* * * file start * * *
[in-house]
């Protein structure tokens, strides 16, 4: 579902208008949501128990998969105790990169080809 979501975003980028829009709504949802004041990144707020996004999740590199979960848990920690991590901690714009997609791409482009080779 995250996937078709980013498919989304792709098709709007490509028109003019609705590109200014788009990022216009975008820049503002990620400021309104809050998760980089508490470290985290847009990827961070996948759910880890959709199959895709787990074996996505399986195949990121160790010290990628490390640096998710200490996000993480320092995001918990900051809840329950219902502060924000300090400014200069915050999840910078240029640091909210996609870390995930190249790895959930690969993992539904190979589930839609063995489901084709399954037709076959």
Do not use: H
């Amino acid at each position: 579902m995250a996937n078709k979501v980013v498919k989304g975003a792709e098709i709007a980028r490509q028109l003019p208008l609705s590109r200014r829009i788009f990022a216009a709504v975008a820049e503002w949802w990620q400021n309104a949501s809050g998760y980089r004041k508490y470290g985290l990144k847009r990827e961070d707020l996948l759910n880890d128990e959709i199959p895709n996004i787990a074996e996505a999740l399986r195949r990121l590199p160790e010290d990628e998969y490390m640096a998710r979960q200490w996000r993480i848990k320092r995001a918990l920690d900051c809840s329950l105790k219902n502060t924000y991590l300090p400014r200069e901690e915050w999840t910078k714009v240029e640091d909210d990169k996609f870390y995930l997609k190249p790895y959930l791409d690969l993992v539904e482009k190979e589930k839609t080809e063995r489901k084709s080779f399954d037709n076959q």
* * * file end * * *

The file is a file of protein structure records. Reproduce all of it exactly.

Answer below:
[in-house]
């Protein structure tokens, strides 16, 4: 579902208008949501128990998969105790990169080809 979501975003980028829009709504949802004041990144707020996004999740590199979960848990920690991590901690714009997609791409482009080779 995250996937078709980013498919989304792709098709709007490509028109003019609705590109200014788009990022216009975008820049503002990620400021309104809050998760980089508490470290985290847009990827961070996948759910880890959709199959895709787990074996996505399986195949990121160790010290990628490390640096998710200490996000993480320092995001918990900051809840329950219902502060924000300090400014200069915050999840910078240029640091909210996609870390995930190249790895959930690969993992539904190979589930839609063995489901084709399954037709076959």
Do not use: H
């Amino acid at each position: 579902m995250a996937n078709k979501v980013v498919k989304g975003a792709e098709i709007a980028r490509q028109l003019p208008l609705s590109r200014r829009i788009f990022a216009a709504v975008a820049e503002w949802w990620q400021n309104a949501s809050g998760y980089r004041k508490y470290g985290l990144k847009r990827e961070d707020l996948l759910n880890d128990e959709i199959p895709n996004i787990a074996e996505a999740l399986r195949r990121l590199p160790e010290d990628e998969y490390m640096a998710r979960q200490w996000r993480i848990k320092r995001a918990l920690d900051c809840s329950l105790k219902n502060t924000y991590l300090p400014r200069e901690e915050w999840t910078k714009v240029e640091d909210d990169k996609f870390y995930l997609k190249p790895y959930l791409d690969l993992v539904e482009k190979e589930k839609t080809e063995r489901k084709s080779f399954d037709n076959q």